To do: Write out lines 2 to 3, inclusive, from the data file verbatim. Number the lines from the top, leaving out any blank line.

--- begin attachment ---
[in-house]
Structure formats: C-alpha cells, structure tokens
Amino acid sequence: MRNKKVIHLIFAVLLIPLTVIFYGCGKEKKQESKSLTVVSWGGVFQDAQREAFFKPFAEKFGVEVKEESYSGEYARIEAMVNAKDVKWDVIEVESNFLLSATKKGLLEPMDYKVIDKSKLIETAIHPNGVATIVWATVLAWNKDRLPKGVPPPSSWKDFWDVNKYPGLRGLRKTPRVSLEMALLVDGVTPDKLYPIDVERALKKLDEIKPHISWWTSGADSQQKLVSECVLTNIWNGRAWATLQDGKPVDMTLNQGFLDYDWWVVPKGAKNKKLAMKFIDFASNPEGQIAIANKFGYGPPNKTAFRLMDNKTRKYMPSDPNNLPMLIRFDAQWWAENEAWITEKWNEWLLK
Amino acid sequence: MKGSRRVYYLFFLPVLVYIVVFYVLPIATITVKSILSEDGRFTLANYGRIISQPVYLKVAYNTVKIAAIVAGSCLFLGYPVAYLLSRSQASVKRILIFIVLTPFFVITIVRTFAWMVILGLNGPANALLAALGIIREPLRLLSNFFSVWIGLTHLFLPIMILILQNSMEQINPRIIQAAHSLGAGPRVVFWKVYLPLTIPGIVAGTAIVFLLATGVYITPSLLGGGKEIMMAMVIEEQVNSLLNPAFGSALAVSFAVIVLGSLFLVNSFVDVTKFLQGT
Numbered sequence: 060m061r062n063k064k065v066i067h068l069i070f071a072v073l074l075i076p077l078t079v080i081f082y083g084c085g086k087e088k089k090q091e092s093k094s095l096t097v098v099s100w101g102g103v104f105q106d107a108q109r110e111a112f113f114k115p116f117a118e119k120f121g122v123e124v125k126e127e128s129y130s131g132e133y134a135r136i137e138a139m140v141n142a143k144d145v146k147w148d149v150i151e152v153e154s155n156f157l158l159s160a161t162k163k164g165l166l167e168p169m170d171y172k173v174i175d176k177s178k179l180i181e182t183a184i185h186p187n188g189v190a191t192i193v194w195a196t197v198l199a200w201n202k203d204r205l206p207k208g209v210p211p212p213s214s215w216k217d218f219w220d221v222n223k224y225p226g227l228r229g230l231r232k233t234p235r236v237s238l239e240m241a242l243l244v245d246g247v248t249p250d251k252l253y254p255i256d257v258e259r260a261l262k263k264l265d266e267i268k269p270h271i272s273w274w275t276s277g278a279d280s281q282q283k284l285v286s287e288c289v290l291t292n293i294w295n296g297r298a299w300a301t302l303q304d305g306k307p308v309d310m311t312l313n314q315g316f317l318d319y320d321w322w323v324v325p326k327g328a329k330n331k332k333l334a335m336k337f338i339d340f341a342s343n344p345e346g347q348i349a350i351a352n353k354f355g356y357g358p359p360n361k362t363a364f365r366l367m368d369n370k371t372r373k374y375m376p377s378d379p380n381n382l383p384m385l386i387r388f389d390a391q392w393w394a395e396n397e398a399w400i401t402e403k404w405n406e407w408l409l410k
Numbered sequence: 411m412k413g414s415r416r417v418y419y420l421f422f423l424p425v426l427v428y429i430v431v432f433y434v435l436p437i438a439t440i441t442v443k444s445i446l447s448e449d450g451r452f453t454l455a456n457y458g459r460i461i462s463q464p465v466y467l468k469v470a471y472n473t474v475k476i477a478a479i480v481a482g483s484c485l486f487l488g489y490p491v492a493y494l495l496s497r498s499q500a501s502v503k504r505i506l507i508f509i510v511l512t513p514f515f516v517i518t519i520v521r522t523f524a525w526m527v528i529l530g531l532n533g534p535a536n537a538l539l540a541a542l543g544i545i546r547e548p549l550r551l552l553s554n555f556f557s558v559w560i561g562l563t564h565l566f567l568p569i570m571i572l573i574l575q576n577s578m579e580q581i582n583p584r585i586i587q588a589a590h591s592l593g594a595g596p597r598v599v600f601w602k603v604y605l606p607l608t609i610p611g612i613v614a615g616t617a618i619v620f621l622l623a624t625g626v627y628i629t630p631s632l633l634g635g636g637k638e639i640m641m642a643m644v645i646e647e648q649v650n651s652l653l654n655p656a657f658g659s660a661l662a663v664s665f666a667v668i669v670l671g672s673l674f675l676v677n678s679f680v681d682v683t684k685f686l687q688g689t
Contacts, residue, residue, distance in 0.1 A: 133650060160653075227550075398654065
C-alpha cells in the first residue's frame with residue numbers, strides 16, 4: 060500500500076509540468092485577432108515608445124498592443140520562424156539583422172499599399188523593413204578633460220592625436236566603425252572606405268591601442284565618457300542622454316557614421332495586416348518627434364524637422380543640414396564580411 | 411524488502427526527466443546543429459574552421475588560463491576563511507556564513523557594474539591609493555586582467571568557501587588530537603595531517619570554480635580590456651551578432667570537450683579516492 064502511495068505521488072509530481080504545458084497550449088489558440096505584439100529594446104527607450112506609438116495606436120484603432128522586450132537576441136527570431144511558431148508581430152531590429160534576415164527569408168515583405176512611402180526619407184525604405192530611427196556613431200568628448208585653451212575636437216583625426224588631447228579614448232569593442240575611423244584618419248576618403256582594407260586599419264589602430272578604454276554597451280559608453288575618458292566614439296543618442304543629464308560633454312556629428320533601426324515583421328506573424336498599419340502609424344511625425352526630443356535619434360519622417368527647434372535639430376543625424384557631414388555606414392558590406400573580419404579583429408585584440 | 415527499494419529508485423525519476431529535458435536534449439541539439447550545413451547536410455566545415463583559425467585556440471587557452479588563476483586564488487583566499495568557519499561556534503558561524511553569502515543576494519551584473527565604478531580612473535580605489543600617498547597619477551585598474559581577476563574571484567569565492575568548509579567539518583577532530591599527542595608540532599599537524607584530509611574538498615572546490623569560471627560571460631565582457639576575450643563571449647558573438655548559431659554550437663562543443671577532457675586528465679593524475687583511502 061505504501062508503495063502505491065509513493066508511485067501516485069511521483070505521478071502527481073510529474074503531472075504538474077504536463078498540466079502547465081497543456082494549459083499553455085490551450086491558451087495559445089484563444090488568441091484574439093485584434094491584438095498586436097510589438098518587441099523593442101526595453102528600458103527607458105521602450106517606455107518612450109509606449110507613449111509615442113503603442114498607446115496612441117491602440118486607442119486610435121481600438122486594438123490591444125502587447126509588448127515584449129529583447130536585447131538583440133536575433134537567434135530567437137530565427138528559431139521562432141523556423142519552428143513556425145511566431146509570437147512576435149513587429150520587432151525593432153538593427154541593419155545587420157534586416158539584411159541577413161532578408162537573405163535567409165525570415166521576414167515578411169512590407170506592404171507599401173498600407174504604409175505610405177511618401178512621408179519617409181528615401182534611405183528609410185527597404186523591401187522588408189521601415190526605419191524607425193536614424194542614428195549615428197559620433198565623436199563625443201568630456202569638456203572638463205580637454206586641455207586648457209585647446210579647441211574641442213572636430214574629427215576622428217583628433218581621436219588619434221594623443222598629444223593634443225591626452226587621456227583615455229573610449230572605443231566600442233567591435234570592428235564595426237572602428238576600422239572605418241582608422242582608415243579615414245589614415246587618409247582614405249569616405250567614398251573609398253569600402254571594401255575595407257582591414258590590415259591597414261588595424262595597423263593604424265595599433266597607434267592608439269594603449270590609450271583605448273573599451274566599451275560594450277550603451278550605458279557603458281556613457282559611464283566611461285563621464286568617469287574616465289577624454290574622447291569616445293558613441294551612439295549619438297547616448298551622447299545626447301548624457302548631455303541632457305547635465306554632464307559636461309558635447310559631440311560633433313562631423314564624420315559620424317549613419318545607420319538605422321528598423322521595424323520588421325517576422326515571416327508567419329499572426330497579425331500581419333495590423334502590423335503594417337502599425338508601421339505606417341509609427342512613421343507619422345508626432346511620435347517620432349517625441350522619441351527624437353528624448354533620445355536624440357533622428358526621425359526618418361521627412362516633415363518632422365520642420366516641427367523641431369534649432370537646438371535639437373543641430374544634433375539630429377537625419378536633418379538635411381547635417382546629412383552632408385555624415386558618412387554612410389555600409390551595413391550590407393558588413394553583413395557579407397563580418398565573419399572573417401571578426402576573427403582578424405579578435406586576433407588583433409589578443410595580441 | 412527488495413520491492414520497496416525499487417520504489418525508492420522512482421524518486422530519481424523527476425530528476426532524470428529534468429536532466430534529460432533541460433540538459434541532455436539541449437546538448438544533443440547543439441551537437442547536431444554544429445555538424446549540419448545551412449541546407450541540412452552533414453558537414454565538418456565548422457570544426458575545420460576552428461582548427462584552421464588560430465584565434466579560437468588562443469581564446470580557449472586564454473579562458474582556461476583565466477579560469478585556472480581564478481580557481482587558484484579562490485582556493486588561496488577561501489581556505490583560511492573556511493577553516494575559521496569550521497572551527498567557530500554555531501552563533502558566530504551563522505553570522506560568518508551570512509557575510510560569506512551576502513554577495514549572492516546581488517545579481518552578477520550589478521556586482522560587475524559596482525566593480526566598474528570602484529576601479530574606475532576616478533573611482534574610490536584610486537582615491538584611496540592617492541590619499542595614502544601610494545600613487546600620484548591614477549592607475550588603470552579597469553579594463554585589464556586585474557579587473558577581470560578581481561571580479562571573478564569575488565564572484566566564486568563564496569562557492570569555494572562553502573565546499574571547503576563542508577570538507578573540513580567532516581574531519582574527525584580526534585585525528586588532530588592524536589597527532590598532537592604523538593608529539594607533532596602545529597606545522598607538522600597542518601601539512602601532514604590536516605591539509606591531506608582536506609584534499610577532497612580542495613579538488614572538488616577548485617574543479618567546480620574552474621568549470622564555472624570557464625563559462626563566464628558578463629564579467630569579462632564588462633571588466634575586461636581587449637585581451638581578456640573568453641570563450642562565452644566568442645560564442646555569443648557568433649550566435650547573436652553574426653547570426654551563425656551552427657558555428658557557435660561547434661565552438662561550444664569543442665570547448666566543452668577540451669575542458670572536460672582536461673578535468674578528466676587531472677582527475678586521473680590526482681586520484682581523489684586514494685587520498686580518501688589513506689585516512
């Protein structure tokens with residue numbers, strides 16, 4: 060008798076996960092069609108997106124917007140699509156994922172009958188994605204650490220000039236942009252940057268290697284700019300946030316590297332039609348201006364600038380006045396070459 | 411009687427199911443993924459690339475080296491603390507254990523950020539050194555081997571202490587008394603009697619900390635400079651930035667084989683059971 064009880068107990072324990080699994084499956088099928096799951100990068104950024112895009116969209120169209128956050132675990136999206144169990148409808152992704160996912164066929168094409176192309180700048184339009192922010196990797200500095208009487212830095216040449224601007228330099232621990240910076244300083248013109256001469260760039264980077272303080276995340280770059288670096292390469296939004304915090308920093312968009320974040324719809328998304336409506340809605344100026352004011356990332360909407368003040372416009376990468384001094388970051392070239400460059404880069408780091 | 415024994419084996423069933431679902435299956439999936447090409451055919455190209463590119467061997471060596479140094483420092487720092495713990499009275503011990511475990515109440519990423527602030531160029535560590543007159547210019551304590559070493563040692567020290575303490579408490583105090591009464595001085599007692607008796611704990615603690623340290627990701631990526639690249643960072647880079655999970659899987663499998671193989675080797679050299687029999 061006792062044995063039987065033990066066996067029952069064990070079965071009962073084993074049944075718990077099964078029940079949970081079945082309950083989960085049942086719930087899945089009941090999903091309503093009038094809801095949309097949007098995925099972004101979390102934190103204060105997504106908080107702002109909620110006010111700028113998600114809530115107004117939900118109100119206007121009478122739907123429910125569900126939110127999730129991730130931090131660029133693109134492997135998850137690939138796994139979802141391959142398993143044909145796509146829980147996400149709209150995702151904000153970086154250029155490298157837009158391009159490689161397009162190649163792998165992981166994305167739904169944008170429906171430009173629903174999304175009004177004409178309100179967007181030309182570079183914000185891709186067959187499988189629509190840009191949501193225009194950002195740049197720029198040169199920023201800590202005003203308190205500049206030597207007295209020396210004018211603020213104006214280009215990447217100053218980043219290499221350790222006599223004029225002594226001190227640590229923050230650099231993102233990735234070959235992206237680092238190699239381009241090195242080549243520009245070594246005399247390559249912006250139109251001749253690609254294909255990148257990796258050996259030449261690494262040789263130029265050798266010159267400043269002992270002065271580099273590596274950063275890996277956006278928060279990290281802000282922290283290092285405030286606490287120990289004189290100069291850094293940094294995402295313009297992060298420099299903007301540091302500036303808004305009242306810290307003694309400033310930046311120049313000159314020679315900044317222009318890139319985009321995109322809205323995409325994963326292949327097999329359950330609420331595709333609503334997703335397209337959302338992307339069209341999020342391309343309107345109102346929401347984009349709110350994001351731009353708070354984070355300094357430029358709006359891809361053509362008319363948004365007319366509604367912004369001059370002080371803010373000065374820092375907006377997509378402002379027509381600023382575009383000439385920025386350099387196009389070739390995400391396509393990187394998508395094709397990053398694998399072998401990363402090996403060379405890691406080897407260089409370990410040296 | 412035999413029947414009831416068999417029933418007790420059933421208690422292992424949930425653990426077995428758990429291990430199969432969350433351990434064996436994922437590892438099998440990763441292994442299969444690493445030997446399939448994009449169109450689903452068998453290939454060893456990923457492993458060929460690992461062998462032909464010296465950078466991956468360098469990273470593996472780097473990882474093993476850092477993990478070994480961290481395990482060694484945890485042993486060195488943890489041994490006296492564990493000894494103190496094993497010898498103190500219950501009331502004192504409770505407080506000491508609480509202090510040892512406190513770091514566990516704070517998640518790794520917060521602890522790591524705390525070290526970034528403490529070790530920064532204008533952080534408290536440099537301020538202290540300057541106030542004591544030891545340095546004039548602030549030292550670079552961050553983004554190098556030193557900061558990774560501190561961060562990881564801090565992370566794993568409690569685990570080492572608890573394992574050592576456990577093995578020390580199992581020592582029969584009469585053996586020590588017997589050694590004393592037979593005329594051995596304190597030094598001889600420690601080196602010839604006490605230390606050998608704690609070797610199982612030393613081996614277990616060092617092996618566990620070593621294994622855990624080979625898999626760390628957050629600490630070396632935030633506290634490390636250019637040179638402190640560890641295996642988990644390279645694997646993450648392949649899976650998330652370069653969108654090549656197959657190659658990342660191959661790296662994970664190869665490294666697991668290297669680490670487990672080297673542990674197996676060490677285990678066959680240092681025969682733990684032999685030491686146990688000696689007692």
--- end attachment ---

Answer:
Structure formats: C-alpha cells, structure tokens
Amino acid sequence: MRNKKVIHLIFAVLLIPLTVIFYGCGKEKKQESKSLTVVSWGGVFQDAQREAFFKPFAEKFGVEVKEESYSGEYARIEAMVNAKDVKWDVIEVESNFLLSATKKGLLEPMDYKVIDKSKLIETAIHPNGVATIVWATVLAWNKDRLPKGVPPPSSWKDFWDVNKYPGLRGLRKTPRVSLEMALLVDGVTPDKLYPIDVERALKKLDEIKPHISWWTSGADSQQKLVSECVLTNIWNGRAWATLQDGKPVDMTLNQGFLDYDWWVVPKGAKNKKLAMKFIDFASNPEGQIAIANKFGYGPPNKTAFRLMDNKTRKYMPSDPNNLPMLIRFDAQWWAENEAWITEKWNEWLLK